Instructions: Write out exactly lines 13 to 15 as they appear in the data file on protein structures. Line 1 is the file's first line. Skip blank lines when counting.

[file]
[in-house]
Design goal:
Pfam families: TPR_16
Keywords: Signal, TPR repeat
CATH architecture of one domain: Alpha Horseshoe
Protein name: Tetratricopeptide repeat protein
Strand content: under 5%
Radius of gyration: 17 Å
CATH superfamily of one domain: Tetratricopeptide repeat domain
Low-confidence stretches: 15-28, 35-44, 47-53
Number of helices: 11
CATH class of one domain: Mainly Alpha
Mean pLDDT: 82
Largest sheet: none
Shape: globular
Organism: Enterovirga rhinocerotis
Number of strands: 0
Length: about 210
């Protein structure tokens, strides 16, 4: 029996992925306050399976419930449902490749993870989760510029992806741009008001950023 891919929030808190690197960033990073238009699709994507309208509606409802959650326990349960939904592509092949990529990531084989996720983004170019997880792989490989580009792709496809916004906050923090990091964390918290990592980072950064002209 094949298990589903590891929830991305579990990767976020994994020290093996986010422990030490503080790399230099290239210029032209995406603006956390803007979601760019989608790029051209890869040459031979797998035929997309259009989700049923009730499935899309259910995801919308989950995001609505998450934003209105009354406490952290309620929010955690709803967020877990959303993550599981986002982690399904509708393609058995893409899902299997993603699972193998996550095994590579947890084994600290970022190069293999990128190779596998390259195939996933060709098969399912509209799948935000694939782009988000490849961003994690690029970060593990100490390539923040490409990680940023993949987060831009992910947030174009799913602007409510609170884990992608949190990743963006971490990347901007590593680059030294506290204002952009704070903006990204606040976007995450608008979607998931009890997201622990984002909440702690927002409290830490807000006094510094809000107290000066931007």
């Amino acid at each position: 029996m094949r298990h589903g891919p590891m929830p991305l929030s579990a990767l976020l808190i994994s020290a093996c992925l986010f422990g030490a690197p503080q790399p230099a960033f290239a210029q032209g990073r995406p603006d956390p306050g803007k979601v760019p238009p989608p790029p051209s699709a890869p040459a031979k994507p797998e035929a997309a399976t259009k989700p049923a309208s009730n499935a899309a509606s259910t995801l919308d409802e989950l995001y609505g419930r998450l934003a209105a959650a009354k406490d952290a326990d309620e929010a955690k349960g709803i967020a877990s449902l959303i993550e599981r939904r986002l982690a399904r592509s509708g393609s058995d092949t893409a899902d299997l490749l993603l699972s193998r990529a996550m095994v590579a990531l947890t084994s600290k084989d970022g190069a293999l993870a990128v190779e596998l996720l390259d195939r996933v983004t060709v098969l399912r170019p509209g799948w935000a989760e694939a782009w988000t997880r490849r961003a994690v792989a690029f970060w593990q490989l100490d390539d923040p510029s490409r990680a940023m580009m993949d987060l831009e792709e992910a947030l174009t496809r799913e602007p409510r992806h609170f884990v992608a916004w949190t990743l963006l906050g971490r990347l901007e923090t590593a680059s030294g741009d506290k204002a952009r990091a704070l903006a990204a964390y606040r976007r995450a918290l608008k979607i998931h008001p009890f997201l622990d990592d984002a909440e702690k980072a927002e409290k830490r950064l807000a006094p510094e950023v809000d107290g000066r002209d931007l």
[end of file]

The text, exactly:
Mean pLDDT: 82
Largest sheet: none
Shape: globular